Metal forming and metal fabricating FAQs
To get answers to frequent questions about our metal forming, metal fabricating, and welding services, please select one of the links below:
Punching is the process of forming metal components using a punch. The punch is usually the upper member of the complete die assembly and is mounted on the slide or in a die set for alignment (except in the inverted die).
Notching is a metalworking operation in which the punch removes material from the edge or corner of a strip or blank or part.
Press braking is a metal forming process that uses an open-frame single-action press used to bend, blank, corrugate, curl, notch, perforate, pierce, or punch sheet metal or plate. This is an extremely common metal fabricating process.
Embossing is a metal forming process for producing raised or sunken designs or relief in sheet material by means of male and female dies, theoretically with no change in metal thickness or by passing sheet or a strip of metal between rolls of the desired pattern.
We offer stucco, weather grain, rough sawn cedar, and custom patterns, like striated.
We can emboss material up to 66" and that is the widest in the US.
Stucco embossing applies a pebble-like finish etched into the formed metal. This process helps to reduce the amount of light reflecting off the metal, adds strength to the material, and makes the product more esthetically pleasing.
Shearing is a cutting force applied perpendicular to material causing the material to yield and break. Shearing is a process for cutting sheet metal to size out of a larger stock such as roll stock. Shears are used as the preliminary step in preparing stock for stamping processes, or smaller blanks for CNC presses.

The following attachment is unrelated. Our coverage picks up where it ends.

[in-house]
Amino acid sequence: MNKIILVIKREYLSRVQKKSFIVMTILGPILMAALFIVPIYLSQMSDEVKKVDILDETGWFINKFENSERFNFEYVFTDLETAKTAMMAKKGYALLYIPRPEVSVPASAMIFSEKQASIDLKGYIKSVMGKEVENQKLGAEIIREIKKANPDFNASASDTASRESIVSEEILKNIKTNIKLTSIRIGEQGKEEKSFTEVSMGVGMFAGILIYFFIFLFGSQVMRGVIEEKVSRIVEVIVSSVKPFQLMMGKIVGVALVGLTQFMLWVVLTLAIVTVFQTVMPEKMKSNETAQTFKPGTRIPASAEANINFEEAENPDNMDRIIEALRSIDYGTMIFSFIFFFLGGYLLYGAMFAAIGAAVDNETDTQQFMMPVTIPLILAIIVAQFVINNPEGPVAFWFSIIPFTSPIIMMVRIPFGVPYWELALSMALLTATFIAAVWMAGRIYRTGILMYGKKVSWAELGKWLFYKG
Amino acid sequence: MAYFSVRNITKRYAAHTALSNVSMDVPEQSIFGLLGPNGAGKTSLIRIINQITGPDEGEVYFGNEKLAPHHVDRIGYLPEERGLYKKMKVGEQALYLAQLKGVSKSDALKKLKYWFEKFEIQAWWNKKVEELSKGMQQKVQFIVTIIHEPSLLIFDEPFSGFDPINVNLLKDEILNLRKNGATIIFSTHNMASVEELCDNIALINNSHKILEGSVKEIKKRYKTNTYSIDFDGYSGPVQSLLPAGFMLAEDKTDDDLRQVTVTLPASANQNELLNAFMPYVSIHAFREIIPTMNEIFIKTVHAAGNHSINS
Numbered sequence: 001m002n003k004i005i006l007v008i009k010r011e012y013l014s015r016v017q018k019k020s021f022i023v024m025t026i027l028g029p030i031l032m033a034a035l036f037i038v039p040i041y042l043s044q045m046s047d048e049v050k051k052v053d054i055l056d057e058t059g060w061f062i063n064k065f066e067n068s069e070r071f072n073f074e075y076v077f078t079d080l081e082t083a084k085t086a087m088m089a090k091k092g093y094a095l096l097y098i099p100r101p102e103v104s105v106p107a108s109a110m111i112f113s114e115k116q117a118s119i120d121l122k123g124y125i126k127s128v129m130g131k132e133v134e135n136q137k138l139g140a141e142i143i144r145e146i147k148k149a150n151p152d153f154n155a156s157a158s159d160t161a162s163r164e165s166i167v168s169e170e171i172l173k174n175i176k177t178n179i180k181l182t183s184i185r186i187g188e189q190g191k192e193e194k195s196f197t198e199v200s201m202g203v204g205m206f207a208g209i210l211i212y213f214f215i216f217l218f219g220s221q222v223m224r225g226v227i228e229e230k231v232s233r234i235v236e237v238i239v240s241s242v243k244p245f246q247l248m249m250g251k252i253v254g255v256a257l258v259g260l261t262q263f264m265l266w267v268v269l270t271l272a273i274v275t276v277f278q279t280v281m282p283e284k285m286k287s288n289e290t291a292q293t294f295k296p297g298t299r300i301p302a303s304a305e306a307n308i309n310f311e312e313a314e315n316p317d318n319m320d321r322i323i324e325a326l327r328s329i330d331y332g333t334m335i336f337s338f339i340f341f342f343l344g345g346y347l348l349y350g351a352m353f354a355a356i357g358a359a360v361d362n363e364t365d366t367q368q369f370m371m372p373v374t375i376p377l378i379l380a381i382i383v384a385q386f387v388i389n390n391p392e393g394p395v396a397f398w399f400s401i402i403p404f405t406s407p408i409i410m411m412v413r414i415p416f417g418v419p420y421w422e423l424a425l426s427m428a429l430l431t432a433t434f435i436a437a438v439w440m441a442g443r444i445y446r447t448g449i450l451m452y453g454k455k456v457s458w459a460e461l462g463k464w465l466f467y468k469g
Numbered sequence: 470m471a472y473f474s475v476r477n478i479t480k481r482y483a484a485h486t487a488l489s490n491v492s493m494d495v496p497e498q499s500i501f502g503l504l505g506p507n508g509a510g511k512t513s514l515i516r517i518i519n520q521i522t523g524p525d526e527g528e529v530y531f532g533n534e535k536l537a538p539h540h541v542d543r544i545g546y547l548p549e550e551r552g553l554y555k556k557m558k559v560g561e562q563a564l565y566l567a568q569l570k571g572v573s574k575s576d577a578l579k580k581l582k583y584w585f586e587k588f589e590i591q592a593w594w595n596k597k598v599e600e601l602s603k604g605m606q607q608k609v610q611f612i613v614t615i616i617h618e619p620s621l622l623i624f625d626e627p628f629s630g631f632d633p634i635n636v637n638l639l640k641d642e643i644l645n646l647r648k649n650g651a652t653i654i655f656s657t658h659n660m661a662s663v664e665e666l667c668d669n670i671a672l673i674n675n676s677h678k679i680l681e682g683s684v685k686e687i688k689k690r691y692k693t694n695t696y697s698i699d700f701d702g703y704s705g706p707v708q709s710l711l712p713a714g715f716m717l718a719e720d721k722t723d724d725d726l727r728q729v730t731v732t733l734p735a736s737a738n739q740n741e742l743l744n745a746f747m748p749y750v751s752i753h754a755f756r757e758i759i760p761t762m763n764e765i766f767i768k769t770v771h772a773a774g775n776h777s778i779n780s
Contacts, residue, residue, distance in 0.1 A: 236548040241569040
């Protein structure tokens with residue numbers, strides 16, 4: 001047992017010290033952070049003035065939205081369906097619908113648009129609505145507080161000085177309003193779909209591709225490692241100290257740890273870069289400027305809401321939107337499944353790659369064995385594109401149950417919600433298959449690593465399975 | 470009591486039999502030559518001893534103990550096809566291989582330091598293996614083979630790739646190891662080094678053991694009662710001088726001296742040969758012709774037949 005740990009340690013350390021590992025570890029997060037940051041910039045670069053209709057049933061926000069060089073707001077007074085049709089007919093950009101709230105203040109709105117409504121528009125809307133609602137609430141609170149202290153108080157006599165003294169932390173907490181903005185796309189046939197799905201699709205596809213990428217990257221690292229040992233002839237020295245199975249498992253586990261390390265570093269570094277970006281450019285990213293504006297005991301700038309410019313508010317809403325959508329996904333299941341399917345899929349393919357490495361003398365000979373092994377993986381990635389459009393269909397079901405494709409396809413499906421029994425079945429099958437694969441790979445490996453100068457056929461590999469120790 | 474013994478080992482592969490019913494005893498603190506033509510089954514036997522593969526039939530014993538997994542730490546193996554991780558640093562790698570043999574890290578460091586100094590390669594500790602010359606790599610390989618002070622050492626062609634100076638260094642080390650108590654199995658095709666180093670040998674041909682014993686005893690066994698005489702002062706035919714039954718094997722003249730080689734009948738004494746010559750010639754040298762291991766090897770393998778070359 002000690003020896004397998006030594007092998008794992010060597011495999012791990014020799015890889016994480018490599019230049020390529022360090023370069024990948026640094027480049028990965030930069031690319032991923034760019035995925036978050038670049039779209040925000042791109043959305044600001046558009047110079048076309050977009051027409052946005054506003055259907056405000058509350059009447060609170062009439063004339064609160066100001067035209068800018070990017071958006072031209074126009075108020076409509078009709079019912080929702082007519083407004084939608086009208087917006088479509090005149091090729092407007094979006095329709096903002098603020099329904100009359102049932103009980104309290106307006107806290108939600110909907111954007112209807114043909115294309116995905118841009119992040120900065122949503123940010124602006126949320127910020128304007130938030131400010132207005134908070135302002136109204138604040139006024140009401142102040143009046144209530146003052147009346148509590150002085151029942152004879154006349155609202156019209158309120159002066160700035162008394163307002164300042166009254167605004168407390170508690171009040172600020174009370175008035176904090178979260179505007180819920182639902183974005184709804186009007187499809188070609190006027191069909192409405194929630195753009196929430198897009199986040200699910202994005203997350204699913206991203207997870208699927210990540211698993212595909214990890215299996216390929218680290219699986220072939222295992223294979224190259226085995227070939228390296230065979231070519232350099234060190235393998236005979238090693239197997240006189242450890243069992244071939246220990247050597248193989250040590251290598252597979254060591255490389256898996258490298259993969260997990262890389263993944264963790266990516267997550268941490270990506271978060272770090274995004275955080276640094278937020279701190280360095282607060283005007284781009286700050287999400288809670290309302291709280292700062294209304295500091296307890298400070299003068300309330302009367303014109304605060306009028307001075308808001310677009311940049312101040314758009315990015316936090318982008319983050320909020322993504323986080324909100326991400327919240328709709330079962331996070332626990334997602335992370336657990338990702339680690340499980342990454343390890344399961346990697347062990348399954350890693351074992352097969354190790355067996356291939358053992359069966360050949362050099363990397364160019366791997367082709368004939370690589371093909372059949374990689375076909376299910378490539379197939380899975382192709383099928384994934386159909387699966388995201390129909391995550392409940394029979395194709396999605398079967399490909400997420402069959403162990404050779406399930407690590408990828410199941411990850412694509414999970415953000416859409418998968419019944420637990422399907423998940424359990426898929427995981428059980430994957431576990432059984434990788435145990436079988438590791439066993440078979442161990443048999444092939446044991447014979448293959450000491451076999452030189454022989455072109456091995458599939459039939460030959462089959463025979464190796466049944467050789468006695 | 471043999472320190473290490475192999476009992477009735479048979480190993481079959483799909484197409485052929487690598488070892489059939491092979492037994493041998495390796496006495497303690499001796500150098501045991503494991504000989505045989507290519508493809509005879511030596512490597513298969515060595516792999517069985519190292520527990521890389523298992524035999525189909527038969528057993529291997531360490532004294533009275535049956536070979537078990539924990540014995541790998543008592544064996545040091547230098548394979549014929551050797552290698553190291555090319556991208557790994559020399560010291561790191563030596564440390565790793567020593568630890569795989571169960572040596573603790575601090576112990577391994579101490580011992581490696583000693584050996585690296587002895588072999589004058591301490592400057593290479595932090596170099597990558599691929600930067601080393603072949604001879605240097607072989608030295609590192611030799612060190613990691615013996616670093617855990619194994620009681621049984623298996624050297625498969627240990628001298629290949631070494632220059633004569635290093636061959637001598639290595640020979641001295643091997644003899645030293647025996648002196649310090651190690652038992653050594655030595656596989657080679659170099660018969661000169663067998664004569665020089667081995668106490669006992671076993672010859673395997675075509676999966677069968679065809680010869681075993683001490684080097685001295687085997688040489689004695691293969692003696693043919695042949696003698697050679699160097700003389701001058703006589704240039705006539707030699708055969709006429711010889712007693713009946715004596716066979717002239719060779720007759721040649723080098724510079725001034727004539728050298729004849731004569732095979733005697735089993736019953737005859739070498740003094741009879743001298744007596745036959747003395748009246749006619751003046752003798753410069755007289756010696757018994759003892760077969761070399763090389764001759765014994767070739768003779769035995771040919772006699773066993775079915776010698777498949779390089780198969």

Cut to length typically refers to a cut off shear that is placed in production lines which shears the part to a specific predetermined length.
Blanking is the operation of punching, cutting, or shearing a piece out of stock to a predetermined shape by die cutting the outside shape of a part. Blanking is cutting up a large sheet of stock into smaller pieces suitable for the next operation in stamping, such as drawing and forming. Often this is combined with piercing.
Advantage Fabricated Metals offers MIG, TIG, and oxy acetylene welding services.
MIG stands for Metal Inert Gas Welding. This is often referred to as wire-feed welding. MIG welding is a commonly used high deposition rate welding process. During the welding process, wire is continuously fed from a spool. MIG welding is sometimes referred to as a semi-automatic welding process.
TIG is short for Gas Tungsten Arc Welding (GTAW). In the TIG welding process, an arc is formed between a non-consumable tungsten electrode and the metal being welded. Gas is fed through the torch to shield the electrode and molten weld pool. TIG is most commonly used in high quality, high precision, welding applications.
Curving is the process of adding a constant radius to a flat piece of metal material.
For more information about Advantage Fabricated Metals and the metal forming, metal fabricating , and welding services we provide, please fill out our contact form or call us at 1-815-323-1310.
Advantage Fabricated Metals
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Fill out our contact form or speak directly to a custom metal fabricating and welding services representative at: 1-815-323-1310.
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Don't understand a term on our web site? Use our Metal Forming and Welding Glossary.